Thursday, April 23, 2009

St George's Day and the Christian Patriot

Today the church commemorates Saint George. Patron Saint of England. There is a good brief account of his life in the always great Ohio Anglican blog here

I always try to keep this day as best I can for two reasons. First, I am of partially English descent. Second, in certain Roman Catholic and Eastern Orthodox reckonings, St George is considered the patron of Agriculture. As he was a soldier martyr, I have no idea why this is the case. I do know that in Russia, this is considered the day to turn the cattle out to graze. This makes agrarian sense to me, as our grass starts to grow about this time of year.

I thought about Saint George's cross as well this year because our New England ancestors used it on some of their flags in the fight against the crown.
On one level it seemed a little incongruous that I spent the weekend remembering Lexington and Concord right down to shooting at "redcoat" targets. then four days later remember that nation's patron saint. But this brings home the fact that the Revolution was a cousins' war. I discovered this gem of an essay on Christian Patriotism today from one of those now very distant cousins. It can be found here at the comfortable words blog.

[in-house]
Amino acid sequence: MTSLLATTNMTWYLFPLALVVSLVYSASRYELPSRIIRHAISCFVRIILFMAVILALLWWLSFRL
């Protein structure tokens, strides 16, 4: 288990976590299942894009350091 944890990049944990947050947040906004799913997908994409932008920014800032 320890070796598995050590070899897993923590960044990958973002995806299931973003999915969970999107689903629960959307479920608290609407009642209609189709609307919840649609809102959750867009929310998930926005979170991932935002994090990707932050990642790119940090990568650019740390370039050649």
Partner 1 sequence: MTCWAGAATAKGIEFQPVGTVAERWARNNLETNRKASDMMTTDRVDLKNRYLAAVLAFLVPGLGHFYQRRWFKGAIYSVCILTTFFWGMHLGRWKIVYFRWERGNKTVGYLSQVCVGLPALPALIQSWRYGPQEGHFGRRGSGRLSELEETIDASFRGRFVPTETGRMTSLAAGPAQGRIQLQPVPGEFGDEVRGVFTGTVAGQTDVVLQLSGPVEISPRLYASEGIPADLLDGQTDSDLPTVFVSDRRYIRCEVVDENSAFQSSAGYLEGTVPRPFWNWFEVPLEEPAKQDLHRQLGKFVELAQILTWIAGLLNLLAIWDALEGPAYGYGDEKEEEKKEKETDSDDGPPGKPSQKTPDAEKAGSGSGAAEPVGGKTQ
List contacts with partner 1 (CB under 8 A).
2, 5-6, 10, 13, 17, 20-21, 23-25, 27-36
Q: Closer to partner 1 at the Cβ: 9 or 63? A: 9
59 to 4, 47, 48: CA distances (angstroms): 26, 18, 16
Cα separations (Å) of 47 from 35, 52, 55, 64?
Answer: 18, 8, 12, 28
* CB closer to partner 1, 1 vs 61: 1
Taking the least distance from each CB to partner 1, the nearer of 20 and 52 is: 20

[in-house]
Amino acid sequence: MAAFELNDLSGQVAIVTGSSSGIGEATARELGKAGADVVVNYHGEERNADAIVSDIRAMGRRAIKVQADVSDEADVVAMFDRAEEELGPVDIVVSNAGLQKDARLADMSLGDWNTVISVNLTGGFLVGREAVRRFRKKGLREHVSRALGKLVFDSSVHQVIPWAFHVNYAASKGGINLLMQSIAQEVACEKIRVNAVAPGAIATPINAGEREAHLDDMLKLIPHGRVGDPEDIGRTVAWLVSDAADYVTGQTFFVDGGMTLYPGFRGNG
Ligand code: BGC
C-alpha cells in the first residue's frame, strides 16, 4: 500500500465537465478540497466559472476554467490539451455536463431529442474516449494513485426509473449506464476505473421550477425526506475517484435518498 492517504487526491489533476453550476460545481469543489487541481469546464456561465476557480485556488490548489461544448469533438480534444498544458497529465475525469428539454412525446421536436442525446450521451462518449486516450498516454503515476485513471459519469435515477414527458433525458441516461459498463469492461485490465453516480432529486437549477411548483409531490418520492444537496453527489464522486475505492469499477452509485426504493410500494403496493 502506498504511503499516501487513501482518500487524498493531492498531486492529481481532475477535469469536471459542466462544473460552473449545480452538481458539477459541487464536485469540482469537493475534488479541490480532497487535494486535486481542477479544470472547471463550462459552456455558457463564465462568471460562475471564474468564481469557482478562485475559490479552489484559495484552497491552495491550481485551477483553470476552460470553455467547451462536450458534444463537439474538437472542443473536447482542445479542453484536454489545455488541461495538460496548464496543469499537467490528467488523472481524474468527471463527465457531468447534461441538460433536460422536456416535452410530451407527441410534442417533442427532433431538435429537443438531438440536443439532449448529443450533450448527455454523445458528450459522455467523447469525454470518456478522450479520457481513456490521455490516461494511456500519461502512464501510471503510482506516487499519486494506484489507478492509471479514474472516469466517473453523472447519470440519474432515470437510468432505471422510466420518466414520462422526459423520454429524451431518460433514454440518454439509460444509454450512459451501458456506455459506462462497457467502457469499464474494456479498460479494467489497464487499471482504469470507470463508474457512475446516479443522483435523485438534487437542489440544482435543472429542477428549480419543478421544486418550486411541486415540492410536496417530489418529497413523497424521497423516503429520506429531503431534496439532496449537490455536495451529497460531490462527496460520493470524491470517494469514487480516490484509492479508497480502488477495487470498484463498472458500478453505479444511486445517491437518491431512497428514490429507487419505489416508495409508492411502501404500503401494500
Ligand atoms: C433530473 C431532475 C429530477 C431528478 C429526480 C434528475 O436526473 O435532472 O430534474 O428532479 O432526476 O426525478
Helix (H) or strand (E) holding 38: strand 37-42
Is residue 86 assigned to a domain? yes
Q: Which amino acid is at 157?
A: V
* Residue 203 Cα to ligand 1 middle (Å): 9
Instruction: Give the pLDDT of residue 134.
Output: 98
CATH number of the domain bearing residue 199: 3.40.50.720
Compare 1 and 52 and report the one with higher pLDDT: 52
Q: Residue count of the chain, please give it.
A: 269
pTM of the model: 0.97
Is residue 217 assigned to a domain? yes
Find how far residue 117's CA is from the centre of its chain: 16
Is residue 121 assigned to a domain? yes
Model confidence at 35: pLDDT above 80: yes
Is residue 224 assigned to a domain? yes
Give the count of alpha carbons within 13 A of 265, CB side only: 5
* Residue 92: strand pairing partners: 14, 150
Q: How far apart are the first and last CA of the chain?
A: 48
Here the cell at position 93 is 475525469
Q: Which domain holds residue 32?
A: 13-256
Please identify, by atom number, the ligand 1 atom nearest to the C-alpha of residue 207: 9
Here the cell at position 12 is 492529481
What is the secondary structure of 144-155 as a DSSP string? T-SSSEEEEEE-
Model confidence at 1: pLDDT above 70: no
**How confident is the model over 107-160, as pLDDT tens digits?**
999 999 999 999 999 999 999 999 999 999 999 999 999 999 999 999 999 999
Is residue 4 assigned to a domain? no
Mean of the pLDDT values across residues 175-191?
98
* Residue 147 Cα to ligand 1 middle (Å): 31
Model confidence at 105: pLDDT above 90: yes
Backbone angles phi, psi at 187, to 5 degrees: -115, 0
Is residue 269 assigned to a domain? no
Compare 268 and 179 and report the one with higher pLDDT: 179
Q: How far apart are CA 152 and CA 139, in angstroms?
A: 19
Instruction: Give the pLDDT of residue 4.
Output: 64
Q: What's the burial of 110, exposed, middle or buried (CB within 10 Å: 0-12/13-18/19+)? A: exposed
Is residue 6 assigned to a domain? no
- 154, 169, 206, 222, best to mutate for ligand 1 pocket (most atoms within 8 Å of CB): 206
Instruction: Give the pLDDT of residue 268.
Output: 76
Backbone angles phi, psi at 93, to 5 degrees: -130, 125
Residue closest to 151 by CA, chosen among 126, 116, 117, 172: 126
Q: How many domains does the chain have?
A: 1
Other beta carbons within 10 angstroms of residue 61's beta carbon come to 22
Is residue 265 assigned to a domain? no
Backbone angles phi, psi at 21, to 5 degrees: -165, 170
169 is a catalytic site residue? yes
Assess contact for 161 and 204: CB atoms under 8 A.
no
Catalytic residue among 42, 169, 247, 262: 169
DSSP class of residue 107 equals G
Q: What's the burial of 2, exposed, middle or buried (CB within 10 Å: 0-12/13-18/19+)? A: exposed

2 comments:

KJC402 said...

Richard,

Thanks for the link and yes it is quite strange the love we feel for our English cousins on one hand and the pride we have in ourselves for whoopin' 'em ;)

Many of my male ancestors served the patriot cause and several gave their lives to win our freedom but it is fitting that the Cross of St. George lives on in our Stars and Stripes (the red and white stripes came from dissecting the red cross on the white field into the "rebellious stripes").

Regards and Cheers from a Swamp Yankee Anglophile.

The Midland Agrarian said...

Thanks KJC,
I did not know about the Stripes, a new appreciation for Old Glory!